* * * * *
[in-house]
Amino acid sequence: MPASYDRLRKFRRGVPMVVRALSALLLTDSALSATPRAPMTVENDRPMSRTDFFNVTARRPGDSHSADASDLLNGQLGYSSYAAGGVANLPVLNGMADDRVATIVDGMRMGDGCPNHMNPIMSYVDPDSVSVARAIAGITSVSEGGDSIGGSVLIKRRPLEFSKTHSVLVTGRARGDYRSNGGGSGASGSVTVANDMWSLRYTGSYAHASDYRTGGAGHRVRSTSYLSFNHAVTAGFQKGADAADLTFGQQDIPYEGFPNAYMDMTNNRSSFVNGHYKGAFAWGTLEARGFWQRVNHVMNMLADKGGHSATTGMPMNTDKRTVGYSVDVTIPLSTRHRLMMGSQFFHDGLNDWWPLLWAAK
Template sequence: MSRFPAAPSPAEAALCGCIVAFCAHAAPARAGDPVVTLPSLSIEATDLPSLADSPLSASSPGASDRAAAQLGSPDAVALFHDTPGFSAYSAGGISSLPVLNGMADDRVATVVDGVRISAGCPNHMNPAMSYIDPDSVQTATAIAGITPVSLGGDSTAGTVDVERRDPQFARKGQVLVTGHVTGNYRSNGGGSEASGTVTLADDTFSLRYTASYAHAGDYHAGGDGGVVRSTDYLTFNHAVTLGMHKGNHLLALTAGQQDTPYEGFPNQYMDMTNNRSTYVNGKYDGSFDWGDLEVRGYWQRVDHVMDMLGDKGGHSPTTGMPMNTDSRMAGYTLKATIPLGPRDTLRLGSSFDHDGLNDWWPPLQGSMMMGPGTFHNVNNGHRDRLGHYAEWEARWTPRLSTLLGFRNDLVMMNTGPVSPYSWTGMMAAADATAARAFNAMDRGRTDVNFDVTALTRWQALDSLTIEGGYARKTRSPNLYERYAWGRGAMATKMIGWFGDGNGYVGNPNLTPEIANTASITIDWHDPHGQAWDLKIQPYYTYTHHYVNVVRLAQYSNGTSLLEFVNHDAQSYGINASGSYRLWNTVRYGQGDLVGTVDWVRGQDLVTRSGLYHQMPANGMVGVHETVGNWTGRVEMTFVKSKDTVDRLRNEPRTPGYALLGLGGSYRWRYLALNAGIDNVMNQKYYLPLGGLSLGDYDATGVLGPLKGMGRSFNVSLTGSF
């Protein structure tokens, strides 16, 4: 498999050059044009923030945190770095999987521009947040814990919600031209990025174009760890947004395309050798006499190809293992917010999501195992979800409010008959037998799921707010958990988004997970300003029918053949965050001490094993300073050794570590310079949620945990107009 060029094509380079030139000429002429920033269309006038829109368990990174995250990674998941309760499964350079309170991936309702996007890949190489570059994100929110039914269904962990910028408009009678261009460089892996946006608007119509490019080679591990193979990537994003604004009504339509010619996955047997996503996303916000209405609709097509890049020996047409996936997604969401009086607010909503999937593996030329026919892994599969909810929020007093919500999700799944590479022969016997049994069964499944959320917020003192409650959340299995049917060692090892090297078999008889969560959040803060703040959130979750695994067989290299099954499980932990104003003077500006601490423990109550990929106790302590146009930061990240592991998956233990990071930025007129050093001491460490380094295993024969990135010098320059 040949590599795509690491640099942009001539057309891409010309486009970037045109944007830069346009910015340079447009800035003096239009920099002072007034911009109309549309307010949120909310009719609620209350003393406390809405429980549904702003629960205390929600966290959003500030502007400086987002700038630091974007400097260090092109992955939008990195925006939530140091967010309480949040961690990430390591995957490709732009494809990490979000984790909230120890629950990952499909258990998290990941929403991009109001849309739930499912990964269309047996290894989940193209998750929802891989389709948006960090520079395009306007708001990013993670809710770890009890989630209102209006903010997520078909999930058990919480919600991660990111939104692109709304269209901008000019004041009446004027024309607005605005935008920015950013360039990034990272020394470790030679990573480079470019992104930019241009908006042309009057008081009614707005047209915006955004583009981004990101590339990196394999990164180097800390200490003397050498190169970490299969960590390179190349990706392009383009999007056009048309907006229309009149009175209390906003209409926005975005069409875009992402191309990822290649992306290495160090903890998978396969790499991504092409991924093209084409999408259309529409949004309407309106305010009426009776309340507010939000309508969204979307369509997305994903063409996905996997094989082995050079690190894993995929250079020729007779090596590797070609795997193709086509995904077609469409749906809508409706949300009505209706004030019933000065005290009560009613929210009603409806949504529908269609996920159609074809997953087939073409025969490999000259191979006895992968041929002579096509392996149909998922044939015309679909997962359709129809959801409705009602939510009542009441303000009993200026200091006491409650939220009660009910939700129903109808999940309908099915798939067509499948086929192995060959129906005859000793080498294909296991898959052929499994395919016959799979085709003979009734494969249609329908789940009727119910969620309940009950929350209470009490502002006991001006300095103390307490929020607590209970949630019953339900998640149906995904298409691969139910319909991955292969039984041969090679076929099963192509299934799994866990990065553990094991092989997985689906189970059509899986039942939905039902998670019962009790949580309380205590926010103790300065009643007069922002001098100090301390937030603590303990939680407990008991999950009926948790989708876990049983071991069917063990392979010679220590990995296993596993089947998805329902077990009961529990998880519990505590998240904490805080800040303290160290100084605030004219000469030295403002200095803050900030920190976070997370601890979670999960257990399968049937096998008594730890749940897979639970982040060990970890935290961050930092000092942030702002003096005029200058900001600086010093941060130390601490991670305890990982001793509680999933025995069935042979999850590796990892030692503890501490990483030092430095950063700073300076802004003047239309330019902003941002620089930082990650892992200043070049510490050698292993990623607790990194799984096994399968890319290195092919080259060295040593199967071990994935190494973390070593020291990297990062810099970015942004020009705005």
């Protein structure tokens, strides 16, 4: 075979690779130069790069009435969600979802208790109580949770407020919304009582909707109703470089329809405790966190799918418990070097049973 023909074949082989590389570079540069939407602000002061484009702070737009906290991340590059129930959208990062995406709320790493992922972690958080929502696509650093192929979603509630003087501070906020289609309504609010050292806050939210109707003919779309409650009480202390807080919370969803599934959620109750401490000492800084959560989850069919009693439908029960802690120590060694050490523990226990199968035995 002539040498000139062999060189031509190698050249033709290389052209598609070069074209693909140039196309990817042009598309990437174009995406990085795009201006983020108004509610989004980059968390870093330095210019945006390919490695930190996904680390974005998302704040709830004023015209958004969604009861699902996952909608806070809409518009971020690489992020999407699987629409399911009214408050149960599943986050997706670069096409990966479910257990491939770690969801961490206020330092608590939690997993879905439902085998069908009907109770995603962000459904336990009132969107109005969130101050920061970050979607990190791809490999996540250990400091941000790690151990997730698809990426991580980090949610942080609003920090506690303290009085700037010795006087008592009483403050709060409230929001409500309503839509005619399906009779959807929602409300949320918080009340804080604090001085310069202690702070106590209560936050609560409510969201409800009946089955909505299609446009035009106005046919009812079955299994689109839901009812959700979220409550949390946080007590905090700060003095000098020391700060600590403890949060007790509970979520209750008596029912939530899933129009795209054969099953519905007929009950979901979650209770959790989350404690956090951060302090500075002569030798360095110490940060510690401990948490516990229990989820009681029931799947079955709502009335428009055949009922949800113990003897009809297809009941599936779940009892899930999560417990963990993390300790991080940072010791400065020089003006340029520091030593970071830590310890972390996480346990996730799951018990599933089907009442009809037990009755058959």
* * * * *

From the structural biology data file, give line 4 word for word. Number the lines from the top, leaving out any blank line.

């Protein structure tokens, strides 16, 4: 498999050059044009923030945190770095999987521009947040814990919600031209990025174009760890947004395309050798006499190809293992917010999501195992979800409010008959037998799921707010958990988004997970300003029918053949965050001490094993300073050794570590310079949620945990107009 060029094509380079030139000429002429920033269309006038829109368990990174995250990674998941309760499964350079309170991936309702996007890949190489570059994100929110039914269904962990910028408009009678261009460089892996946006608007119509490019080679591990193979990537994003604004009504339509010619996955047997996503996303916000209405609709097509890049020996047409996936997604969401009086607010909503999937593996030329026919892994599969909810929020007093919500999700799944590479022969016997049994069964499944959320917020003192409650959340299995049917060692090892090297078999008889969560959040803060703040959130979750695994067989290299099954499980932990104003003077500006601490423990109550990929106790302590146009930061990240592991998956233990990071930025007129050093001491460490380094295993024969990135010098320059 040949590599795509690491640099942009001539057309891409010309486009970037045109944007830069346009910015340079447009800035003096239009920099002072007034911009109309549309307010949120909310009719609620209350003393406390809405429980549904702003629960205390929600966290959003500030502007400086987002700038630091974007400097260090092109992955939008990195925006939530140091967010309480949040961690990430390591995957490709732009494809990490979000984790909230120890629950990952499909258990998290990941929403991009109001849309739930499912990964269309047996290894989940193209998750929802891989389709948006960090520079395009306007708001990013993670809710770890009890989630209102209006903010997520078909999930058990919480919600991660990111939104692109709304269209901008000019004041009446004027024309607005605005935008920015950013360039990034990272020394470790030679990573480079470019992104930019241009908006042309009057008081009614707005047209915006955004583009981004990101590339990196394999990164180097800390200490003397050498190169970490299969960590390179190349990706392009383009999007056009048309907006229309009149009175209390906003209409926005975005069409875009992402191309990822290649992306290495160090903890998978396969790499991504092409991924093209084409999408259309529409949004309407309106305010009426009776309340507010939000309508969204979307369509997305994903063409996905996997094989082995050079690190894993995929250079020729007779090596590797070609795997193709086509995904077609469409749906809508409706949300009505209706004030019933000065005290009560009613929210009603409806949504529908269609996920159609074809997953087939073409025969490999000259191979006895992968041929002579096509392996149909998922044939015309679909997962359709129809959801409705009602939510009542009441303000009993200026200091006491409650939220009660009910939700129903109808999940309908099915798939067509499948086929192995060959129906005859000793080498294909296991898959052929499994395919016959799979085709003979009734494969249609329908789940009727119910969620309940009950929350209470009490502002006991001006300095103390307490929020607590209970949630019953339900998640149906995904298409691969139910319909991955292969039984041969090679076929099963192509299934799994866990990065553990094991092989997985689906189970059509899986039942939905039902998670019962009790949580309380205590926010103790300065009643007069922002001098100090301390937030603590303990939680407990008991999950009926948790989708876990049983071991069917063990392979010679220590990995296993596993089947998805329902077990009961529990998880519990505590998240904490805080800040303290160290100084605030004219000469030295403002200095803050900030920190976070997370601890979670999960257990399968049937096998008594730890749940897979639970982040060990970890935290961050930092000092942030702002003096005029200058900001600086010093941060130390601490991670305890990982001793509680999933025995069935042979999850590796990892030692503890501490990483030092430095950063700073300076802004003047239309330019902003941002620089930082990650892992200043070049510490050698292993990623607790990194799984096994399968890319290195092919080259060295040593199967071990994935190494973390070593020291990297990062810099970015942004020009705005």